The report alluded to the fact that putting a price on pollution, a price that is widespread and that's paid by most if not the totality of economic actors, has a cost, but it allows sectors to make the necessary trade-offs among themselves so that for those actors for whom it is the easiest to reduce emissions, they will do so. The report also says that there are other instruments available to economic actors—individuals, corporations, governments—to reduce emissions, regulations and subsidies being the two other broad categories of instruments, but these also have a cost, albeit the cost is often not as transparent as a carbon tax or a price on carbon.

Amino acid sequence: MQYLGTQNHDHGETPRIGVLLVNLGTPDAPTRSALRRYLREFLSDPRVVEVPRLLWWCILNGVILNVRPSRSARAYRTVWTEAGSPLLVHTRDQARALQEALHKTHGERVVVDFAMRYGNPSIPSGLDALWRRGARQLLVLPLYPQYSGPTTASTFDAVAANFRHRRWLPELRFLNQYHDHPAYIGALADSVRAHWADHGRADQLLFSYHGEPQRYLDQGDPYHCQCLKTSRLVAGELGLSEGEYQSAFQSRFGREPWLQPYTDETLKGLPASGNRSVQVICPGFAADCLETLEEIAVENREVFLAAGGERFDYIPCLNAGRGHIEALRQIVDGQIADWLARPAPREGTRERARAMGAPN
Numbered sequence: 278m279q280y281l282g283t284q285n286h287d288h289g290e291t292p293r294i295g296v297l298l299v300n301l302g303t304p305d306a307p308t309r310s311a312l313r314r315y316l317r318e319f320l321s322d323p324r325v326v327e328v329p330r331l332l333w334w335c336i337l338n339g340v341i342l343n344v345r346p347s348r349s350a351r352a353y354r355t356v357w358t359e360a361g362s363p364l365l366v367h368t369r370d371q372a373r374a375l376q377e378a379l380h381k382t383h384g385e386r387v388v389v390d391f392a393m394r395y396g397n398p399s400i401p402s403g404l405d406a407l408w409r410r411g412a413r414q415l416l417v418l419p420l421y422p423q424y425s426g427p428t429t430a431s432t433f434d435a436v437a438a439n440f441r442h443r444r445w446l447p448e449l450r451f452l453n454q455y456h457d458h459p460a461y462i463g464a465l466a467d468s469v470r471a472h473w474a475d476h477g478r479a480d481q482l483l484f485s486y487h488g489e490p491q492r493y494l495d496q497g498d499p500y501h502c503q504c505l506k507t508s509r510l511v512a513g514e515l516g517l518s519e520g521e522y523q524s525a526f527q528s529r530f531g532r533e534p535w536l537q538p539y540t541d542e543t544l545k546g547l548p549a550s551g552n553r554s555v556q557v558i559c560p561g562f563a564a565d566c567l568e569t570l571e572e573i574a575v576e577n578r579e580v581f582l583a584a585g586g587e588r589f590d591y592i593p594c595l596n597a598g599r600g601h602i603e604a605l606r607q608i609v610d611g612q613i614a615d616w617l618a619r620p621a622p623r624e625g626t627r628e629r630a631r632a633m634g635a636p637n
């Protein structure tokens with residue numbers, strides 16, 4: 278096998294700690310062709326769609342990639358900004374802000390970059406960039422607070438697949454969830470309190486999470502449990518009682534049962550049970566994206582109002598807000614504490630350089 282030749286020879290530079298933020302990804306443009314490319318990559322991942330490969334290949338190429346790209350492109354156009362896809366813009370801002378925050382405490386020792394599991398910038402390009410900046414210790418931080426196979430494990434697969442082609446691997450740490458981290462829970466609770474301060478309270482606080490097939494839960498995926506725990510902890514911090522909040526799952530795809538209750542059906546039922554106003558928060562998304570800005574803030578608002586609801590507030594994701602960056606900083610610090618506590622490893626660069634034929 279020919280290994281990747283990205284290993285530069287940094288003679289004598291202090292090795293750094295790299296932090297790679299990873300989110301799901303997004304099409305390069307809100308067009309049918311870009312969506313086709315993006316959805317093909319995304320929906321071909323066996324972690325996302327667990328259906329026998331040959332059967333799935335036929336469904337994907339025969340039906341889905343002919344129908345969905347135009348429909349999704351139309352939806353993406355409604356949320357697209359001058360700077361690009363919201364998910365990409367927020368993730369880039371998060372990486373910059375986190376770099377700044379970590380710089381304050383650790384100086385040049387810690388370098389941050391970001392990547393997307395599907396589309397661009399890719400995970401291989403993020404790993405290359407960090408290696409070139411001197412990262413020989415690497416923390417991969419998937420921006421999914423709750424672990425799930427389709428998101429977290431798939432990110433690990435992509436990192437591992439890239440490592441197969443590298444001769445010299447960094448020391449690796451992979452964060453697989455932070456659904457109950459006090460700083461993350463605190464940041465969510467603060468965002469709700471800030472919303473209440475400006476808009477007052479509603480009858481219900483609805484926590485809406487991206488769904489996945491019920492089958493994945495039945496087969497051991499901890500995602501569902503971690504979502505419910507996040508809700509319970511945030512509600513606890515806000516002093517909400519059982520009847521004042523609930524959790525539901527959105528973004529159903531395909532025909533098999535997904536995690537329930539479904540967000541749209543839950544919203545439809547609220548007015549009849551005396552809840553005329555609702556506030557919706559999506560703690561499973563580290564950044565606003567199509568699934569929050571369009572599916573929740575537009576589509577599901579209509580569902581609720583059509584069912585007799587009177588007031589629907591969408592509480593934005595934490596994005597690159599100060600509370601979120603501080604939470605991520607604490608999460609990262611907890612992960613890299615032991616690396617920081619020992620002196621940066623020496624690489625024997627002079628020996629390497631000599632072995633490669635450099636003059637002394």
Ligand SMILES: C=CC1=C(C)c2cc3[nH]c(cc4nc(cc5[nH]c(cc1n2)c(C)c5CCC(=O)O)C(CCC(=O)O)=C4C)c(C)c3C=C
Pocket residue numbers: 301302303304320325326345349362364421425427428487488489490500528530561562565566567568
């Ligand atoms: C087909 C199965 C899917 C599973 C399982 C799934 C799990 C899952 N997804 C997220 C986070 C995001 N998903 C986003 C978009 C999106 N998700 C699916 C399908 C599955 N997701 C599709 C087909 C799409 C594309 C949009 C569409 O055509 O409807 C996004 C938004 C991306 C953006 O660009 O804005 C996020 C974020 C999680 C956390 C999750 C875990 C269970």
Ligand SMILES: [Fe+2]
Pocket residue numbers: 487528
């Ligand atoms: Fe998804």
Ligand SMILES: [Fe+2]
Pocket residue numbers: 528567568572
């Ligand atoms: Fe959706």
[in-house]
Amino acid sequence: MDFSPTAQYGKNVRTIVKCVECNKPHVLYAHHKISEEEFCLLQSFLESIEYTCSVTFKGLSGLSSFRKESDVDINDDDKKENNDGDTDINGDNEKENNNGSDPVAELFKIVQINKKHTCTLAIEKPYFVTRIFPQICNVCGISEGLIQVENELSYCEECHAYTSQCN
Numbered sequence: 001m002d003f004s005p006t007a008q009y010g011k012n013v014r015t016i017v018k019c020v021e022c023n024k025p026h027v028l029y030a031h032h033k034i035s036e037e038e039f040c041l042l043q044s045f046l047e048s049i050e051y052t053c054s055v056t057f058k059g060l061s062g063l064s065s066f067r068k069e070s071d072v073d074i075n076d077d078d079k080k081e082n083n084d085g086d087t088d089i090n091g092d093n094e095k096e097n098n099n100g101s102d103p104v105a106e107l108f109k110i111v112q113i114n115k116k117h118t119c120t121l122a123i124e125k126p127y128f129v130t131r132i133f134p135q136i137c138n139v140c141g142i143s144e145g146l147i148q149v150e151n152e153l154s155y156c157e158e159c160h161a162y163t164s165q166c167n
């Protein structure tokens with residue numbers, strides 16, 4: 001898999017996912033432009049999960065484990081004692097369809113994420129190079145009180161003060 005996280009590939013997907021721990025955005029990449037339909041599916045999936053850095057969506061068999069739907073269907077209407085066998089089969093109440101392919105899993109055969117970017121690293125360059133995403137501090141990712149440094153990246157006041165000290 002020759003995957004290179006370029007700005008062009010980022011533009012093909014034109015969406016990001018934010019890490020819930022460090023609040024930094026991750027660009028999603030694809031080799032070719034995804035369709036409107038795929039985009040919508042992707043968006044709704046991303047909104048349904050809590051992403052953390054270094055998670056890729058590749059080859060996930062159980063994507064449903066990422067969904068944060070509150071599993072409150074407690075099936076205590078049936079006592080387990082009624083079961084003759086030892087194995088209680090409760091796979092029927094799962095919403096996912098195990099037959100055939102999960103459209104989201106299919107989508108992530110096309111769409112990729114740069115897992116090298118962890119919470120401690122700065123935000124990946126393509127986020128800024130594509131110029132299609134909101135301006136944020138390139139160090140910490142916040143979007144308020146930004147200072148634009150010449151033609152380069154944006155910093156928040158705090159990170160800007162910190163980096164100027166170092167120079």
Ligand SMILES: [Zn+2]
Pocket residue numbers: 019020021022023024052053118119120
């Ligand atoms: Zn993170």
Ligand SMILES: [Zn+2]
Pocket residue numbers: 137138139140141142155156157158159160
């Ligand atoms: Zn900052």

That's what the report says. It also says that technological improvements can be a significant contributor to reducing greenhouse gases, but technological improvements are inherently hard to predict. If they were easy to predict, then some people would be very, very rich by investing in advance in these companies; some of them are indeed very rich and have that insight.
In a nutshell, that's essentially what the report says.